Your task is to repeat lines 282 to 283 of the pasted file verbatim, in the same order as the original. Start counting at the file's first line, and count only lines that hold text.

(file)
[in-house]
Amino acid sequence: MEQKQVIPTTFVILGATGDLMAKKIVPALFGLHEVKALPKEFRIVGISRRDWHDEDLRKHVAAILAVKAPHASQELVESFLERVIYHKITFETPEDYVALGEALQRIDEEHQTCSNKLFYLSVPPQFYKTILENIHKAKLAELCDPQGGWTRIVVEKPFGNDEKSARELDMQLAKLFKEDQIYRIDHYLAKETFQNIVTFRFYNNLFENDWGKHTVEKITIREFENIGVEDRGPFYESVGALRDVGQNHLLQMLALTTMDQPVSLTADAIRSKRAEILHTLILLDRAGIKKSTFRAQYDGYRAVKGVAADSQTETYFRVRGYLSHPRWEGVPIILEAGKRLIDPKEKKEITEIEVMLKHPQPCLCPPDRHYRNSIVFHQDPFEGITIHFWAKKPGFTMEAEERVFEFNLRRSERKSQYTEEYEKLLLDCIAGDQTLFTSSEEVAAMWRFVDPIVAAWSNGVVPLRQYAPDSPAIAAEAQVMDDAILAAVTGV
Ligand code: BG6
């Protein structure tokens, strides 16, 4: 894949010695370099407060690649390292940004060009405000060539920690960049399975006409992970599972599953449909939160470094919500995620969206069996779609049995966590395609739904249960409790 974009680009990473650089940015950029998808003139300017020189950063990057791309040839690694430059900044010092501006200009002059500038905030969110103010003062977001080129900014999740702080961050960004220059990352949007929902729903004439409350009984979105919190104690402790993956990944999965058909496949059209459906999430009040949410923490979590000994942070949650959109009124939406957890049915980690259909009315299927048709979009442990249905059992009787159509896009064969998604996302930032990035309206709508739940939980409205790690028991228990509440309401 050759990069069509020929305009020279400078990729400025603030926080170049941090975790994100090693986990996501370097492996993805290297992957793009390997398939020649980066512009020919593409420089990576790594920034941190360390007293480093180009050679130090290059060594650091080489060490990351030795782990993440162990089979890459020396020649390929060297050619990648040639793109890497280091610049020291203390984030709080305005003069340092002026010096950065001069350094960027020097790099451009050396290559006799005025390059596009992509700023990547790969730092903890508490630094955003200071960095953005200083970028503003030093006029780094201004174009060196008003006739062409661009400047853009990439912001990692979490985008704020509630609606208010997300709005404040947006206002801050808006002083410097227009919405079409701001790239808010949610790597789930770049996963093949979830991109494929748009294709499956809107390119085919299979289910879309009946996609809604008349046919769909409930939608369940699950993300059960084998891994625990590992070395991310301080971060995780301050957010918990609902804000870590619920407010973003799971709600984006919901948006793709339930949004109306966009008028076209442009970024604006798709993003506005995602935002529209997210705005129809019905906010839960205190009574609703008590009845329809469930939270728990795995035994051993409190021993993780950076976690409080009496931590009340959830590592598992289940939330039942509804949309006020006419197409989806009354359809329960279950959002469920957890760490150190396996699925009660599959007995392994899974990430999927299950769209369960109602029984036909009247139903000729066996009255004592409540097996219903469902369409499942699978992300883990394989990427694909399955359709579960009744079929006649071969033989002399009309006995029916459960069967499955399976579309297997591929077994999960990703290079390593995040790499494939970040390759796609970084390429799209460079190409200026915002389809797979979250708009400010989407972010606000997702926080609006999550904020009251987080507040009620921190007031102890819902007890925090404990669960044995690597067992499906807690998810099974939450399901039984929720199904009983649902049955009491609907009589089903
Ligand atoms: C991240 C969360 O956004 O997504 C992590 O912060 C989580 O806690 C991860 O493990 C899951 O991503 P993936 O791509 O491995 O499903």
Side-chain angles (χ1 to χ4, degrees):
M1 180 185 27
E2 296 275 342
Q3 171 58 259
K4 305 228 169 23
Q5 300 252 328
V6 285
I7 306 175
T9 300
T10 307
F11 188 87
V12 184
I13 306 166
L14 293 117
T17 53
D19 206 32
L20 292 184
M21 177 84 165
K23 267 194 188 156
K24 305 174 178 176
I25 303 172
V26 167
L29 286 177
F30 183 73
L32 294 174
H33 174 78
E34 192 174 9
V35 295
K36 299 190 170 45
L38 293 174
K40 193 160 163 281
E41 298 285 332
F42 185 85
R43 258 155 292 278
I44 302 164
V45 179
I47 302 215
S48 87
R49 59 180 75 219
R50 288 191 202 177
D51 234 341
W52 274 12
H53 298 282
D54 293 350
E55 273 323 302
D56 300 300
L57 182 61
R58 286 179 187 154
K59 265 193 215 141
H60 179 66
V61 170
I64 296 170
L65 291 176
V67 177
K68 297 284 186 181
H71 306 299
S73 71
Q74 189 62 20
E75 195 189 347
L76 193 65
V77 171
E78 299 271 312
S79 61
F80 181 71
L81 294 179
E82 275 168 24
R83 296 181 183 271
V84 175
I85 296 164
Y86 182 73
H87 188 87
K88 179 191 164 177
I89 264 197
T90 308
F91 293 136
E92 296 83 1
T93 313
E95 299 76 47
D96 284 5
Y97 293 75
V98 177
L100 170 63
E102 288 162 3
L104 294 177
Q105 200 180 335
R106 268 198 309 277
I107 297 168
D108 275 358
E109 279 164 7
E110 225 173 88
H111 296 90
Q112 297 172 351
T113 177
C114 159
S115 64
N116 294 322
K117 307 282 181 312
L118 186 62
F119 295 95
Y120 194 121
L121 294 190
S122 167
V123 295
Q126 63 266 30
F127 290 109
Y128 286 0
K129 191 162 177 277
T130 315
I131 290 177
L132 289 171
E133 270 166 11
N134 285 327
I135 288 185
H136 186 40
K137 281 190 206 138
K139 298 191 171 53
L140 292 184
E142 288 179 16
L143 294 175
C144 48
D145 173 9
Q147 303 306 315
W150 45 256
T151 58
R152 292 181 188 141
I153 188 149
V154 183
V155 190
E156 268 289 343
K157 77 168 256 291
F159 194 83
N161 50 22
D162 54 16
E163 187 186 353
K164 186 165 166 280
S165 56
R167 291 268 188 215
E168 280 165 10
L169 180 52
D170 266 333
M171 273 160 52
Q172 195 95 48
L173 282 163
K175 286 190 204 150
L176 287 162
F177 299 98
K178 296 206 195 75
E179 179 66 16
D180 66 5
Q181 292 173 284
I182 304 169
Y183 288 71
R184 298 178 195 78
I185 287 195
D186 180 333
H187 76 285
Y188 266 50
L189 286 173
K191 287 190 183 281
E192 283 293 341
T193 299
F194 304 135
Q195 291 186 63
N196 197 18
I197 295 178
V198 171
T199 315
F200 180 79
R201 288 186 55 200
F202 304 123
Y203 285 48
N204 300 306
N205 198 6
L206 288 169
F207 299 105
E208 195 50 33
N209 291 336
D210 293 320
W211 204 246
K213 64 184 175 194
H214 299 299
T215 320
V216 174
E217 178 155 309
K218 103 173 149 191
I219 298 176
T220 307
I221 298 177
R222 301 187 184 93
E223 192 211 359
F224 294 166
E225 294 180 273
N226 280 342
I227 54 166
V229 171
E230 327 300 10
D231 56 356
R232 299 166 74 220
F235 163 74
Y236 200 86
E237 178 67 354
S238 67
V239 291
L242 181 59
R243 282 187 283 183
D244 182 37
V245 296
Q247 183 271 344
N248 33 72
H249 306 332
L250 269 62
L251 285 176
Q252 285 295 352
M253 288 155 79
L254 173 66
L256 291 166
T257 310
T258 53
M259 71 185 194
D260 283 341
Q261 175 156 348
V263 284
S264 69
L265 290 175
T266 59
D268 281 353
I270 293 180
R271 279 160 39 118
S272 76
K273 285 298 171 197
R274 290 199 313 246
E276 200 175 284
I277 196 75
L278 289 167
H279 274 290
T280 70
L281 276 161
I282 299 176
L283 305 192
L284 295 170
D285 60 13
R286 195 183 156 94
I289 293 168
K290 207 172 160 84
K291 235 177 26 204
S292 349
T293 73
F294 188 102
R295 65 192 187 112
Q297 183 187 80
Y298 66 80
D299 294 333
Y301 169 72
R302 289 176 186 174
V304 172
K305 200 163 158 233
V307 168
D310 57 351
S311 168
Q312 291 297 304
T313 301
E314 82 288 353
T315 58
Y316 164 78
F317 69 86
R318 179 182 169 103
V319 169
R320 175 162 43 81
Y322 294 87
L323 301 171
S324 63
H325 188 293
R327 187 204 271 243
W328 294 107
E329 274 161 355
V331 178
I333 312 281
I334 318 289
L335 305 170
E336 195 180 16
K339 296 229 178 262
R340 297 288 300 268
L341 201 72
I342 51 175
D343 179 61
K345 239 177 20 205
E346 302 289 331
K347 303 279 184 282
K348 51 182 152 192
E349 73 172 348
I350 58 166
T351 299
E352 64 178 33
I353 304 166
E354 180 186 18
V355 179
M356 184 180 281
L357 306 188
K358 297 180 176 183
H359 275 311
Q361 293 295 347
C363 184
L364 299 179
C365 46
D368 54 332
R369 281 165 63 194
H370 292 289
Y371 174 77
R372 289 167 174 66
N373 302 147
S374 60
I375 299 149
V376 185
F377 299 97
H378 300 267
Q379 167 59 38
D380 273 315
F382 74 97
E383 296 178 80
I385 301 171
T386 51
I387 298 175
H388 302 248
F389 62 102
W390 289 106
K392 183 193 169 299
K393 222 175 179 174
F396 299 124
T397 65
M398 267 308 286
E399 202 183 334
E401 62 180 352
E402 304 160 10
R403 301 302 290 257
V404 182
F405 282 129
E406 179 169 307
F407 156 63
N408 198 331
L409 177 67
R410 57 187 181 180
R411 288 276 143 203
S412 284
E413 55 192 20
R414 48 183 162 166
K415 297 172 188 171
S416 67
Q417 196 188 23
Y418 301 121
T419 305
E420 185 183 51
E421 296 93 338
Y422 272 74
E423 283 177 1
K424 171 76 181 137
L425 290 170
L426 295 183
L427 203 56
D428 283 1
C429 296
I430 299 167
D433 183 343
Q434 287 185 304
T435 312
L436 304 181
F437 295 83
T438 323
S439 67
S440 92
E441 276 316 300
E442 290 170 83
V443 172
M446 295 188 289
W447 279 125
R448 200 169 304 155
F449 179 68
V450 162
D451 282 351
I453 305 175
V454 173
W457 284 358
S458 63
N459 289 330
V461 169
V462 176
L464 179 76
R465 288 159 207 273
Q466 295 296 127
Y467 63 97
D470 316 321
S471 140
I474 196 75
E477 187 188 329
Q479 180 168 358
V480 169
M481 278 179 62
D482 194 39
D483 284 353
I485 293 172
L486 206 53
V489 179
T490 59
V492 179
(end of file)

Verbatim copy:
I333 312 281
I334 318 289